Is Meditation Counterproductive?

6 min readJun 19, 2018


Two scientists (get the research paper via Sci-Hub) published a piece in The New York Times titled “Hey Boss, You Don’t Want Your Employees To Meditate”. They concluded that mindfulness meditation “might seem” [sic] counterproductive in the workplace. We know that there are many types of meditation inherited from various cultures, but only the mindfulness type has been prescribed for the world of business.

One of the reasons why mindfulness has been prescribed in the workplace is to help overcome unconscious bias. According to Neuroscience, unconscious bias is like having our brain makes decision without our permission. The bypassed decision includes unnecessary factors e.g. someone’s physical features like race and clothing style, or social features like religion and socioeconomic status.

When was the last time your brain made assumptions for you? You probably weren’t even aware, or the least you could be aware of is after a period of time, “Oops, why did I think about her that way?” And your brain can make another decision without your permission, e.g. making you extremely ashamed about it, spiraling insecurities.

With mindfulness, your brain only gives you the moment-to-moment experience, because being mindful means being able to observe our thoughts, let them pass without reacting, judging, or holding on. That is the most important benefit of mindfulness that I have felt. There are other benefits like stress reduction and greater compassion, which obviously stem from the brain’s ability to prevent being judgmental. If we judge less, don’t we become less stressed and more compassionate?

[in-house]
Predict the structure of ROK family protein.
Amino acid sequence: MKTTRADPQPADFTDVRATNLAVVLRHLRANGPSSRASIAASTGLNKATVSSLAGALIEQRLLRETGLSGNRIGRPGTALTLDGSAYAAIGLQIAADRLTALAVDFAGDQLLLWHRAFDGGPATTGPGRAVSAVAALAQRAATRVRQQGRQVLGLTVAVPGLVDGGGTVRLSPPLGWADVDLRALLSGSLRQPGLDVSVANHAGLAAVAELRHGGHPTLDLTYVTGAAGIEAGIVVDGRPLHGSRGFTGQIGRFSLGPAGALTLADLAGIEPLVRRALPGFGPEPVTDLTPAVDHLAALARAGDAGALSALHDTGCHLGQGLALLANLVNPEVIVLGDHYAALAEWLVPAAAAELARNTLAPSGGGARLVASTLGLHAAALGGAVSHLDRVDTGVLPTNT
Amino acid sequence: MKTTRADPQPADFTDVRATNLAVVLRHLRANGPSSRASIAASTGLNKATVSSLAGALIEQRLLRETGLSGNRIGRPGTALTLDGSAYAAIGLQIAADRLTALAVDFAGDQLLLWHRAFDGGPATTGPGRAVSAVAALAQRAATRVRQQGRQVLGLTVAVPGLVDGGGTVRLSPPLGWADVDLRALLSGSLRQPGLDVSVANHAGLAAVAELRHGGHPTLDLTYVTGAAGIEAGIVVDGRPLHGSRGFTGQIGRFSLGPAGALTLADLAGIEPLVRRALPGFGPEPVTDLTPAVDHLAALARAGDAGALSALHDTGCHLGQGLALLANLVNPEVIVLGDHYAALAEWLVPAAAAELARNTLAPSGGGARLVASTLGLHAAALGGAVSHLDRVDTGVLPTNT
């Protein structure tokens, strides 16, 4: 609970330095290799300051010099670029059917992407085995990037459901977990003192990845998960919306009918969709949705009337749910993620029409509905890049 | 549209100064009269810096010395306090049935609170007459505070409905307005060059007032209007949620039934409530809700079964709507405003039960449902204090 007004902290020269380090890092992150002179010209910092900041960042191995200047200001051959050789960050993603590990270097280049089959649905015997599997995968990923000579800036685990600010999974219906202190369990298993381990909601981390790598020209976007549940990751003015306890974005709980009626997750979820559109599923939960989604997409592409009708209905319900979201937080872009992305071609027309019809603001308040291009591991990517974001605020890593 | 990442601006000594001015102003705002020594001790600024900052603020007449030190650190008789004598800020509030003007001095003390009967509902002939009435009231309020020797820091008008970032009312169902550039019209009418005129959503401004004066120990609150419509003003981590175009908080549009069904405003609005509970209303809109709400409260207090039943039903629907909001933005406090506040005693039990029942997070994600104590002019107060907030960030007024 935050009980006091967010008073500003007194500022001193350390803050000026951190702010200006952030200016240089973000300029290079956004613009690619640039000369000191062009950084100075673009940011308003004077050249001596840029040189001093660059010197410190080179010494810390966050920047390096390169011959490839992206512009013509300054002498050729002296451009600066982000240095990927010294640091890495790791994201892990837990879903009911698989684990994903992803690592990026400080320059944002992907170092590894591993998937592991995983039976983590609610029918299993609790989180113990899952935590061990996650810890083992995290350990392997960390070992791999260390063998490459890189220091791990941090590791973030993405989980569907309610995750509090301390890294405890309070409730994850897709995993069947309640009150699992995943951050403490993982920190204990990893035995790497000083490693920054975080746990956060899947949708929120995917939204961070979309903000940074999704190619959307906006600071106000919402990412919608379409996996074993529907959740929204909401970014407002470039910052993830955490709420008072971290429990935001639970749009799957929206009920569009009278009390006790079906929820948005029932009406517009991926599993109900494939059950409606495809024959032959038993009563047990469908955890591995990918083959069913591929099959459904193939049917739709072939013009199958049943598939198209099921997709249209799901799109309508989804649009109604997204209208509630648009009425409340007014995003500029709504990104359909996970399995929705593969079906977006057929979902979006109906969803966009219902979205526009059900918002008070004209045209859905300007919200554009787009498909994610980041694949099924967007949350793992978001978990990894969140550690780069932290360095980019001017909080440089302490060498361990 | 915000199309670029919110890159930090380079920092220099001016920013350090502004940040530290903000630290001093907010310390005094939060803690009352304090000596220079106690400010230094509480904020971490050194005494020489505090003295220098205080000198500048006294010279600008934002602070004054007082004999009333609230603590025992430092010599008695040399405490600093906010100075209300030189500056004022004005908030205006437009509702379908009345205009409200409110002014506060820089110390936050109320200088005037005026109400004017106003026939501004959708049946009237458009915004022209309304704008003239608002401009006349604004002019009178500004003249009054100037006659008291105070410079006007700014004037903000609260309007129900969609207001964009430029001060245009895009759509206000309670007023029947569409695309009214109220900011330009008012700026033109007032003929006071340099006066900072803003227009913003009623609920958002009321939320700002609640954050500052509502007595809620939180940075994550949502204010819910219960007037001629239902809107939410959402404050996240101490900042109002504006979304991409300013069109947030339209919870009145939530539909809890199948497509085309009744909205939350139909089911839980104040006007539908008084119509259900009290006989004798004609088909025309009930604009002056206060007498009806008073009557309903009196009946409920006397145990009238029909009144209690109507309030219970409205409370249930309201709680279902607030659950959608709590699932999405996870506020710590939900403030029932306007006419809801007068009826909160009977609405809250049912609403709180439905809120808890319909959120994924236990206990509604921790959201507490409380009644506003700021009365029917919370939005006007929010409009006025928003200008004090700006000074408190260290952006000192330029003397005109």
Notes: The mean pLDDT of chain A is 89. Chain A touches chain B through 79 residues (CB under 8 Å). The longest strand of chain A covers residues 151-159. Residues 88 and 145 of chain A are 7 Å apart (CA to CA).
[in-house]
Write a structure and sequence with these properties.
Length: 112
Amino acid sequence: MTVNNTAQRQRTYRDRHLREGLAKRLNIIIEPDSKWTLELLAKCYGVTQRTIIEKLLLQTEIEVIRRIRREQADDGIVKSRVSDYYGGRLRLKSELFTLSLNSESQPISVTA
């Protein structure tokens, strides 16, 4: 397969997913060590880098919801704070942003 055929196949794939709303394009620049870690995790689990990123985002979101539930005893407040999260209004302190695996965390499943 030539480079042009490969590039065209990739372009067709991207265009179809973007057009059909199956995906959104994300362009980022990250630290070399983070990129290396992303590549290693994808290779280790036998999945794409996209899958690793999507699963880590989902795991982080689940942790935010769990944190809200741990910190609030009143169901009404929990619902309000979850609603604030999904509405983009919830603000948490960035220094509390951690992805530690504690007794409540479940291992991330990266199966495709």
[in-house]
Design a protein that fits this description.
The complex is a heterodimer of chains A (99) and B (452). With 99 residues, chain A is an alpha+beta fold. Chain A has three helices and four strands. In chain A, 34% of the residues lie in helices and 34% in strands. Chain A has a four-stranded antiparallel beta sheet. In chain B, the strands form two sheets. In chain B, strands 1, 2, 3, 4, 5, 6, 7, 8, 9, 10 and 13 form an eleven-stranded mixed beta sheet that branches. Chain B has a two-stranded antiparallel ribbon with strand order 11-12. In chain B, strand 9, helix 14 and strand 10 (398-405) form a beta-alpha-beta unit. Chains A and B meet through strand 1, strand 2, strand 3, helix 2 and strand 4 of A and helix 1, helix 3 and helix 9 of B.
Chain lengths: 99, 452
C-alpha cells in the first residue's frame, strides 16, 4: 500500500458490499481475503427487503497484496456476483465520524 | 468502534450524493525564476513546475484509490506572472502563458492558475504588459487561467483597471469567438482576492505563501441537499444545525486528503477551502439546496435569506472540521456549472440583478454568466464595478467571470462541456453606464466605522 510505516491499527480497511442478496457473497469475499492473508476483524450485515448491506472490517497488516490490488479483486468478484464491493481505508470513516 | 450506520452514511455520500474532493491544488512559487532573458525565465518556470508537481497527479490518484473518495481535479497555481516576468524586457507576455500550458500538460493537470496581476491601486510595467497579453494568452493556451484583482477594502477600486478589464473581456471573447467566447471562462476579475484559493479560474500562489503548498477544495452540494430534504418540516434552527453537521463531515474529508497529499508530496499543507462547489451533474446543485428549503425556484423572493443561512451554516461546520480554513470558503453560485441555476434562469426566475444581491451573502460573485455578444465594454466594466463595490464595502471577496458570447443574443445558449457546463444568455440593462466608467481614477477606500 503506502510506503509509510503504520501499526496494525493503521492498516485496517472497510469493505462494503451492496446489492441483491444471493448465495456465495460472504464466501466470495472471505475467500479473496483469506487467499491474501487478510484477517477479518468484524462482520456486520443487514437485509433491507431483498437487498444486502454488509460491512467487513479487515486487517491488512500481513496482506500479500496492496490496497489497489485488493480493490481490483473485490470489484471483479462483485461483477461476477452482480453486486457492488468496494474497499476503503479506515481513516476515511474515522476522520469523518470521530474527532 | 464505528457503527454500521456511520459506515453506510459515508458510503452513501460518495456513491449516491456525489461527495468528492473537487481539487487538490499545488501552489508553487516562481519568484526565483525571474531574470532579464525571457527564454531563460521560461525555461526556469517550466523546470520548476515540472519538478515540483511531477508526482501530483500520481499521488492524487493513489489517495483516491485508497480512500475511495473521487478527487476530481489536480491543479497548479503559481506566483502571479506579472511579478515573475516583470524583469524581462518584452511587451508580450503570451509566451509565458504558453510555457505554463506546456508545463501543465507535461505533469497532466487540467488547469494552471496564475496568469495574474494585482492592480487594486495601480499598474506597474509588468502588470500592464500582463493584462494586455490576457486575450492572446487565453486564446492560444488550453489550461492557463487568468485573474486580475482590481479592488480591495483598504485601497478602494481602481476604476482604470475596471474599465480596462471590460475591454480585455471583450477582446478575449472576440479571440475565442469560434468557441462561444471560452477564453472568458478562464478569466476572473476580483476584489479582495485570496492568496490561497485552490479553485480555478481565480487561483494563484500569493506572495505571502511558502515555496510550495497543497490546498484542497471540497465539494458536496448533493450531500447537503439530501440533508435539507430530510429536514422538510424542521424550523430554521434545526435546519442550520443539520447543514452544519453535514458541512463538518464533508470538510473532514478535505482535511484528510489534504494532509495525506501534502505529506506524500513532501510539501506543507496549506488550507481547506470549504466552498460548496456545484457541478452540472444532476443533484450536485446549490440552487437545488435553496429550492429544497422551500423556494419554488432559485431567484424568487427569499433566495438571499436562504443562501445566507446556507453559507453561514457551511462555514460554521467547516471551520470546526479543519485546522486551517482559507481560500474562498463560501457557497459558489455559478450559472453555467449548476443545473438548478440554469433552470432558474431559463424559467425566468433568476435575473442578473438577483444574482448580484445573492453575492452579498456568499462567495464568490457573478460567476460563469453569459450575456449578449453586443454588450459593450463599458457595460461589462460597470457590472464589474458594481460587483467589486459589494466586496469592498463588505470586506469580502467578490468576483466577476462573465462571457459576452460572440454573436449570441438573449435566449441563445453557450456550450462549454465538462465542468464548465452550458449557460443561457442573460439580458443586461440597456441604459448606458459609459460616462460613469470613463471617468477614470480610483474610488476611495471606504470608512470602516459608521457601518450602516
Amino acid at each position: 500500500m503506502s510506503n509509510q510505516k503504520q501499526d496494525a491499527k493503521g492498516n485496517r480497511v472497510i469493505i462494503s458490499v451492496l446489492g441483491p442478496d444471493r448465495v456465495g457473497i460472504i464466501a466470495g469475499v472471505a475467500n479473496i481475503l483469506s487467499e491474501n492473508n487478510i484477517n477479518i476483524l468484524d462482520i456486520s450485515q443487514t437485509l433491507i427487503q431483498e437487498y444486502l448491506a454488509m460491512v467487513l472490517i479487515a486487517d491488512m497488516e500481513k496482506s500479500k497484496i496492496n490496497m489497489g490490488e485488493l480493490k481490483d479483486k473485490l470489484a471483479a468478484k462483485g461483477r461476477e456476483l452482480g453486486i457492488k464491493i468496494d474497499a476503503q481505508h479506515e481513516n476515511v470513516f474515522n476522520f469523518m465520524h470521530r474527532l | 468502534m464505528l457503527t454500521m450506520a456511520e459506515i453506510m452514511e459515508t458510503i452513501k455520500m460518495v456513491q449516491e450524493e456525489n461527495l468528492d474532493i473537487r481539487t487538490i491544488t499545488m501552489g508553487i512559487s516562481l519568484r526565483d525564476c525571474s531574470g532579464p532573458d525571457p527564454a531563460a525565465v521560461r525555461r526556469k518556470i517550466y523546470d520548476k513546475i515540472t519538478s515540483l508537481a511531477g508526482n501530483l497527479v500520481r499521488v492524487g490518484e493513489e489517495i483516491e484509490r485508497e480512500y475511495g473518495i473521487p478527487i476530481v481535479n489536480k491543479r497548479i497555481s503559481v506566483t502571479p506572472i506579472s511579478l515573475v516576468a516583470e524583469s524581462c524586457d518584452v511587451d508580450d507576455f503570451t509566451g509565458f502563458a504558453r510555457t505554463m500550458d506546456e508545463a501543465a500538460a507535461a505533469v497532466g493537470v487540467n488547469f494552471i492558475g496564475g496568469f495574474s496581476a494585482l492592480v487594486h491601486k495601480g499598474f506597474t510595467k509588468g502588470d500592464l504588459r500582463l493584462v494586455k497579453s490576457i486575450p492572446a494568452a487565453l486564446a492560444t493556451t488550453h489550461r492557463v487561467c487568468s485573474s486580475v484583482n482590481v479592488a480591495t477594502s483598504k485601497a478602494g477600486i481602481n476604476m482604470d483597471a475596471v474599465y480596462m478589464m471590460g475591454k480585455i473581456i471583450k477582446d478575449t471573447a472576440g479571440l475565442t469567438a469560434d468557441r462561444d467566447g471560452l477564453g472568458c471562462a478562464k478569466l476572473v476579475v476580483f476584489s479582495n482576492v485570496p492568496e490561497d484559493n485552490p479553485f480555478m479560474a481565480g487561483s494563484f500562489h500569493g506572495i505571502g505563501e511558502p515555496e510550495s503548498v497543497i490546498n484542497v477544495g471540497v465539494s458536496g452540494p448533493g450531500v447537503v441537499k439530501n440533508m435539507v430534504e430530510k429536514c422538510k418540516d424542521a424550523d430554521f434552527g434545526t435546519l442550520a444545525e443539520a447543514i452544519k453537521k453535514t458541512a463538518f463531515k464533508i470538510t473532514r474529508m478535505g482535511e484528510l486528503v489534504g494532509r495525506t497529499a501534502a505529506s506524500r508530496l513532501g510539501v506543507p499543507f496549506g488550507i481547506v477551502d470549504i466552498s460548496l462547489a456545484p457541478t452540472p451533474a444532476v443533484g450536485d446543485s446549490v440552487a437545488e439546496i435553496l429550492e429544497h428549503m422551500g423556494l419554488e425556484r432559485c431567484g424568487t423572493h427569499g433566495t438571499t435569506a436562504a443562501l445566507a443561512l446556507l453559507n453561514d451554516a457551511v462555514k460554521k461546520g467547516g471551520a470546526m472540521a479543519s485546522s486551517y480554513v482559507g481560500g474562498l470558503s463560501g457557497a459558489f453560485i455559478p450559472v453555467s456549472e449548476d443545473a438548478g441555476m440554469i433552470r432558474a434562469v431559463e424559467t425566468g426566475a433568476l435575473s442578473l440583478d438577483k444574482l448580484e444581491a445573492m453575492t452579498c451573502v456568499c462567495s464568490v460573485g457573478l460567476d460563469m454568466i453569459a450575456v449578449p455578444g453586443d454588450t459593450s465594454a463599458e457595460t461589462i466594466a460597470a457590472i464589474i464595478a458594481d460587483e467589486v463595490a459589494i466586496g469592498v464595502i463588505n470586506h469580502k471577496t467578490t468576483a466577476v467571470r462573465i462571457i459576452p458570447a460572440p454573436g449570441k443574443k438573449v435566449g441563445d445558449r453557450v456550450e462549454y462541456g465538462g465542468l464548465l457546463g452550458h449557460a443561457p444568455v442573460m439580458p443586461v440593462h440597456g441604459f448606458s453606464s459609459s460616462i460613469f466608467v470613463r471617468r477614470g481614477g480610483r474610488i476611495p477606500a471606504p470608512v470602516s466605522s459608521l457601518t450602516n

Now, what did the scientists do to conclude that mindfulness might be counterproductive in the workplace? They measured people’s motivation on different tasks such as completing word puzzles, editing cover letters, and retyping a legal document. Sounds like boring tasks, right?

They divided the research participants into two groups: those who did a guided mindfulness meditation (listening to breathing and body scan instructions) by an instructor, and those who did other activities. The ones who did meditation rated their motivation of doing those tasks lower than the ones who didn’t.

Yes, motivation is one of the important characteristics of a successful worker. No matter how much intelligence you have, if you’re not motivated you can’t finish your tasks productively. It’s a well-known issue in the workplace, the reason why many Human Resources practitioners are working on how to make employees more motivated. Therefore, it’s the reason the scientists concluded that mindfulness meditation might be counterproductive in the workplace.